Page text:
Thanks David! One question, is Giuliani really that much more conservative that McCain? Do they fall in different directions on different issues?
It's also worth noting that Democrats with executive experience -- think Mondale, Dukakis and Gore -- don't exactly have a great record at the polls.

It is worthless to bring up these 3 Dems w/executive experience to highlight the Senate curse (or lack thereof)

Mondale was against Reagan and was not going to win that one, no matter what his job was prior to running.

Dukakis lost because of his own campaign decisions, namely deciding that MA needed to be governed, even during a presidential campaign.

Gore chose not to differentiate himself from Bush and that is what cost him the race.
Actually Gore did win the election before he lost it. :)
Taylor, I mis-blogged. I meant to write that primary voters who see McCain as too LIBERAL would never vote for Giuliani or Romney.

FYI for all Canadians, Giuliani has a very liberal record on "social" issues, i.e. gay rights and abortion.
got ya. glad I'm not going crazy! -T
I'm confused. I diistrust most of the media as much as the next Republican, but isn't the fact that McCain is able to play the media to his own ends a plus for him? I know having the media on our side isn't priority #1 of most Republicans. But wouldn't having a candidate who manages to make the media think he's on their side be advantageous for us? I don't think a reflexive attack against anyone who is portrayed as positive on TV is a healthy strategy.

As for McCain, yes, I'm not thrilled with McCain Feingold or the degree of his opposition on the Geneva Conventions issue. But I consider McCain-Feingold to be nowhere near the top of the issues I look for in a candidate. I do look for impeccable credentials on national security and foreign policy, and to me, McCain has that. The Geneva issue aside, McCain has stood by the President on the war in Iraq and war on terror when most other senators were too squeamish to be seen as too close to the President, leading them to criticize this or that aspect of the administration but offer no alternative plan. There are a number of Republican Senators and Congressmen I have become unhappy with b/c they choose their positions based on which way the wind is blowing. I don't think McCain is like that though. He has supported a strong defense, foreign and national security policy throughout his career. That's what I'm looking for, at least. Where a candidate stands on campaign finance, while important, is not how I'm going to decide who I support.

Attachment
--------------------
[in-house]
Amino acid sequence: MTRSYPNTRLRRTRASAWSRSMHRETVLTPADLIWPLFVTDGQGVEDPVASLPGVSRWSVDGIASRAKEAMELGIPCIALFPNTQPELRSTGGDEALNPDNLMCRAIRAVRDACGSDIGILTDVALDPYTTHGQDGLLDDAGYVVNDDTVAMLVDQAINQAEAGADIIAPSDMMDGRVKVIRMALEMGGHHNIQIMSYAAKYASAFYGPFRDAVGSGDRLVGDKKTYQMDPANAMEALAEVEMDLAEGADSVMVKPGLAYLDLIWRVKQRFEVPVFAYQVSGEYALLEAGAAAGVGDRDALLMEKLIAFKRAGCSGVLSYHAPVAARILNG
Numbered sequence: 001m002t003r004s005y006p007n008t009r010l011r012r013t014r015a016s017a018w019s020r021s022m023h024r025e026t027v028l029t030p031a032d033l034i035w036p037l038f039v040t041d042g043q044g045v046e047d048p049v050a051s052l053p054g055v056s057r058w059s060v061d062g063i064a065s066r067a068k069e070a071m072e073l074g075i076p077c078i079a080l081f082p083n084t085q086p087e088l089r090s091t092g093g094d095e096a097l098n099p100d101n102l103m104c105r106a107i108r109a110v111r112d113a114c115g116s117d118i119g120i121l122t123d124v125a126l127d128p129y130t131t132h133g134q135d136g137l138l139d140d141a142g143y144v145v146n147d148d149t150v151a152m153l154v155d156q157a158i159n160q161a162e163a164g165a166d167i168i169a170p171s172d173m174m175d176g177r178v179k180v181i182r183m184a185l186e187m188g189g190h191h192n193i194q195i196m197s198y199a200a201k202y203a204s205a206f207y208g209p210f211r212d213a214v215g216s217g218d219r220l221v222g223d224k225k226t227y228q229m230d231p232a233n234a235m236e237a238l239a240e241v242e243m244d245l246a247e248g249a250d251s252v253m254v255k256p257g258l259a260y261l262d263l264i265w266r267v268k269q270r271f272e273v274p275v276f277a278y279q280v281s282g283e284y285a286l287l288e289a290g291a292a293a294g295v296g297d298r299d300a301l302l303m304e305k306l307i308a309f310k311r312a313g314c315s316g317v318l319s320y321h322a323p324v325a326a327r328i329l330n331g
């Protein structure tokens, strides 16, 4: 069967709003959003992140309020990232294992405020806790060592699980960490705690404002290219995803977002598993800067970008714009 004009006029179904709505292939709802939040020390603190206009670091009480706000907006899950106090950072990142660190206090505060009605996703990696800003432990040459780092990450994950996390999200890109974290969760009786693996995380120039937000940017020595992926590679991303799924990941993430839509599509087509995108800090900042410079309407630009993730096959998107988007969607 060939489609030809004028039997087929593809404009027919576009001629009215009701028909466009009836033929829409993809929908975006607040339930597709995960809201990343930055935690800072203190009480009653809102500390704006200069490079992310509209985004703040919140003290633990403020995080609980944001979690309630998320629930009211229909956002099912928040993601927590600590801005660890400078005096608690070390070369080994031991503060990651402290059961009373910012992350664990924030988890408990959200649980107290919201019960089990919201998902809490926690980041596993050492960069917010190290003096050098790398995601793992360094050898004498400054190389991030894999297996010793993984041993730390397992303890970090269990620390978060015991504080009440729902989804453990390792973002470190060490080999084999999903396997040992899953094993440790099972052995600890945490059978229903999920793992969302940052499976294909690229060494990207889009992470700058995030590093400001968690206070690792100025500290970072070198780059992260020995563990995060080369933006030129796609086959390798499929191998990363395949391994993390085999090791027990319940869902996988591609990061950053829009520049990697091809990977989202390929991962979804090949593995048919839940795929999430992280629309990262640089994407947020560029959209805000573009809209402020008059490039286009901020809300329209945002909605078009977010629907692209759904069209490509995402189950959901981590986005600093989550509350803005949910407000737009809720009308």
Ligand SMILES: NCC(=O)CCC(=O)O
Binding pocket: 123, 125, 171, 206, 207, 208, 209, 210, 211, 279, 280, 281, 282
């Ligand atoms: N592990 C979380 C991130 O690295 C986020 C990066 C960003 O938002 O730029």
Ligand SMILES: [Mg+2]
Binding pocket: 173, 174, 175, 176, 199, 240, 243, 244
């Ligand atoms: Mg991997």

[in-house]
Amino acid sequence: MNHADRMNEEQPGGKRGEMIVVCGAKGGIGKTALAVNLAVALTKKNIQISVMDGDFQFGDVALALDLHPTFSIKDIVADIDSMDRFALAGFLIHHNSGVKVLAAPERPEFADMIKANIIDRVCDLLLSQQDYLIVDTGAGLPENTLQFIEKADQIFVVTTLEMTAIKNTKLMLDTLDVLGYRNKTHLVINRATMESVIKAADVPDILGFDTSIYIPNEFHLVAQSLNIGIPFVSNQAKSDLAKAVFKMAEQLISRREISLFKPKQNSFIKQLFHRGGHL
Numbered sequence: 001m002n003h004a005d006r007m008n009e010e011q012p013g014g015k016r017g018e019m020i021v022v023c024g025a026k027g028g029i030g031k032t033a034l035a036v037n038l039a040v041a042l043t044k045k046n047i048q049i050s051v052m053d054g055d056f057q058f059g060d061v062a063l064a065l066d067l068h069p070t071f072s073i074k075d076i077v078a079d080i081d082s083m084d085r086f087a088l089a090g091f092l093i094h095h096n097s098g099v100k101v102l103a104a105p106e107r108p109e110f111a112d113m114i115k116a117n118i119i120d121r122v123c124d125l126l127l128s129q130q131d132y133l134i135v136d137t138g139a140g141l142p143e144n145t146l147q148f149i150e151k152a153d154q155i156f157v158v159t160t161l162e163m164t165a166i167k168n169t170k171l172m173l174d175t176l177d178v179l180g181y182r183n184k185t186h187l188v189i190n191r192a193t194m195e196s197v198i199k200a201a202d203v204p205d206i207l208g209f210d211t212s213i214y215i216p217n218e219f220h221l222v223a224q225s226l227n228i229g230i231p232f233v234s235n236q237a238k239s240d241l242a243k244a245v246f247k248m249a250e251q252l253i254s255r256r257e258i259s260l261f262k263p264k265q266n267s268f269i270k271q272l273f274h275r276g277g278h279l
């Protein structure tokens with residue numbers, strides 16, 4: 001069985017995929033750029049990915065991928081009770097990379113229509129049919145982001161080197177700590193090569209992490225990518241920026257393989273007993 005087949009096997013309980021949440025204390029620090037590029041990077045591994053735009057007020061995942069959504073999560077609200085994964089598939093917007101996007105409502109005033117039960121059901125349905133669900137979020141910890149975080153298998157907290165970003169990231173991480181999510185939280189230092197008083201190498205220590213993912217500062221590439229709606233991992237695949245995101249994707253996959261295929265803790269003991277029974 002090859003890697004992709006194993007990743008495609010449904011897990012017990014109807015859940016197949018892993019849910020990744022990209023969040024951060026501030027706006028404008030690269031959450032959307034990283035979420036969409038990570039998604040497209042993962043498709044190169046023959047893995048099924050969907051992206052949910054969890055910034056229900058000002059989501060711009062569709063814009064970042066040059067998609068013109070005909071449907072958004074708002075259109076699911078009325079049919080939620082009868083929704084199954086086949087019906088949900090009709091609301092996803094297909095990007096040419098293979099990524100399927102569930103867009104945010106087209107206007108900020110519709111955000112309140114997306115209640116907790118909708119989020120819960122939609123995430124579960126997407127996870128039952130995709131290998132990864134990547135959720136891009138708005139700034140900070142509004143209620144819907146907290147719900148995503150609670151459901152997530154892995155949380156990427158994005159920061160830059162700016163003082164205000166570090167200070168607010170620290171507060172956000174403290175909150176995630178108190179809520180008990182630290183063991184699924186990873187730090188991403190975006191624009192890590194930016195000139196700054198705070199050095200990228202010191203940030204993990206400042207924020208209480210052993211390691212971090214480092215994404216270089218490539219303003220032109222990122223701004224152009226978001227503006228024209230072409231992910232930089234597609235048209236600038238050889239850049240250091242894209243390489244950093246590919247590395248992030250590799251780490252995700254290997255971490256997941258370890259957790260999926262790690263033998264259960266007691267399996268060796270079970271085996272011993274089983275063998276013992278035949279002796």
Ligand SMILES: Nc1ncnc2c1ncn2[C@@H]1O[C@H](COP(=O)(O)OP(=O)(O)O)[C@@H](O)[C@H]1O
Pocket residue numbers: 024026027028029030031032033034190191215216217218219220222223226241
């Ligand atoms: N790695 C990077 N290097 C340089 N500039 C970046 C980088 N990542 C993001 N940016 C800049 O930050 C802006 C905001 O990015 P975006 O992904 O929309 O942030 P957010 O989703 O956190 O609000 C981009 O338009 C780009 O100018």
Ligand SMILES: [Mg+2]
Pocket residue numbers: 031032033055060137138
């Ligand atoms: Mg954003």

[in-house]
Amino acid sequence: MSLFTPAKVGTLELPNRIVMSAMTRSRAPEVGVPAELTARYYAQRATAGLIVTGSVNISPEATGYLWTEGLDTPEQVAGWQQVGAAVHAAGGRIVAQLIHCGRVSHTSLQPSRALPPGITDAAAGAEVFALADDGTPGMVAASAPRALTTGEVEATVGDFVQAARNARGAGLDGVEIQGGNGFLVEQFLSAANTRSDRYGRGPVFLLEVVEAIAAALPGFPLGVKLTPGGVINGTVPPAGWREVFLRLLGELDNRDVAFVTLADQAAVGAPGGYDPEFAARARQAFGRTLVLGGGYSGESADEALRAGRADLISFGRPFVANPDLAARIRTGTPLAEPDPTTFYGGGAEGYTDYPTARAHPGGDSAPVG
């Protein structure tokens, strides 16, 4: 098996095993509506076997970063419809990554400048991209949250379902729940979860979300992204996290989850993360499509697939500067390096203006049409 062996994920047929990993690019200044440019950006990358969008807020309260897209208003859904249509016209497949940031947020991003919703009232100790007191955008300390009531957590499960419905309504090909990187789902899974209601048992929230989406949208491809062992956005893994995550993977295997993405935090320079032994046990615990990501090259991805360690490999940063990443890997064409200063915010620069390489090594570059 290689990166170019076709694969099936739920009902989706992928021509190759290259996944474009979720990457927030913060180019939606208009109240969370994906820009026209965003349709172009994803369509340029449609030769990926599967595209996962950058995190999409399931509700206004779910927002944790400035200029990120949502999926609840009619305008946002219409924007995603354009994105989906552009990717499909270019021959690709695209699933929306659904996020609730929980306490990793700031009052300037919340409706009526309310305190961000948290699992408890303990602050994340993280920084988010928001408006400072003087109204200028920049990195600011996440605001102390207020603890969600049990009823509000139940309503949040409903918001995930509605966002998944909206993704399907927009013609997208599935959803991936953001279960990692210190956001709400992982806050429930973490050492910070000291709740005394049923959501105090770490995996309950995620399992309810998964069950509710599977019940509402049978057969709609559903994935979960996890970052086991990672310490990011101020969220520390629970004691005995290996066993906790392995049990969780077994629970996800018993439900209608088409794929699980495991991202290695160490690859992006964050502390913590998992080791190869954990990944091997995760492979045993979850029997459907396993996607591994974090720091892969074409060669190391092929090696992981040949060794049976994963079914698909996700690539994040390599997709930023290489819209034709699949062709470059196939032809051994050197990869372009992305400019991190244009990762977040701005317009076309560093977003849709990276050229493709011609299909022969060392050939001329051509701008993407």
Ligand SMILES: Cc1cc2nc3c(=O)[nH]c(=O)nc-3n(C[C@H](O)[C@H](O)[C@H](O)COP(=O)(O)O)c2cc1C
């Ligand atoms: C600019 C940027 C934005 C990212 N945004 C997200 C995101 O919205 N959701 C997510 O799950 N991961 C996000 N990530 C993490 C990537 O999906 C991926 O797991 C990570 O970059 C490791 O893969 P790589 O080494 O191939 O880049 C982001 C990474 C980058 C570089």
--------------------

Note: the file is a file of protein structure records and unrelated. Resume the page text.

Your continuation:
The only thing that has me worrying about McCain is his age. I'll have to think more about that (and see who he would pick as a VP nominee)
McCain's finest hour was when he got up at the last GOP convention and said "the status quo in Iraq was not a viable option." As for his being a media darling, the awful part is you wonder if they know something you do not know about McCain and where he really stands, because they are not so stupid as to pump him up for no reason, and their leftism is an all-consuming, over-arching religion.
so if mccain doesn´t make it past the rep. primary even after sucking up to the agent of intolerance, how bout we support a bipartisan centrist ticket -- mccain leiberman 2008!

"I diistrust most of the media as much as the next Republican, but isn't the fact that McCain is able to play the media to his own ends a plus for him?"

McCain's not good at playing the media, he's good at being the sort of Republican the media like. And the reasons they like him are directly related to why the Republican base doesn't.

And, yes, McCain/Feingold is very important. It represents a conscious and deliberate attack on the ability of interested members of the public to influence electoral outcomes. Of course the activist base of the GOP counts it agains McCain: It was aimed at marginalizing THEM!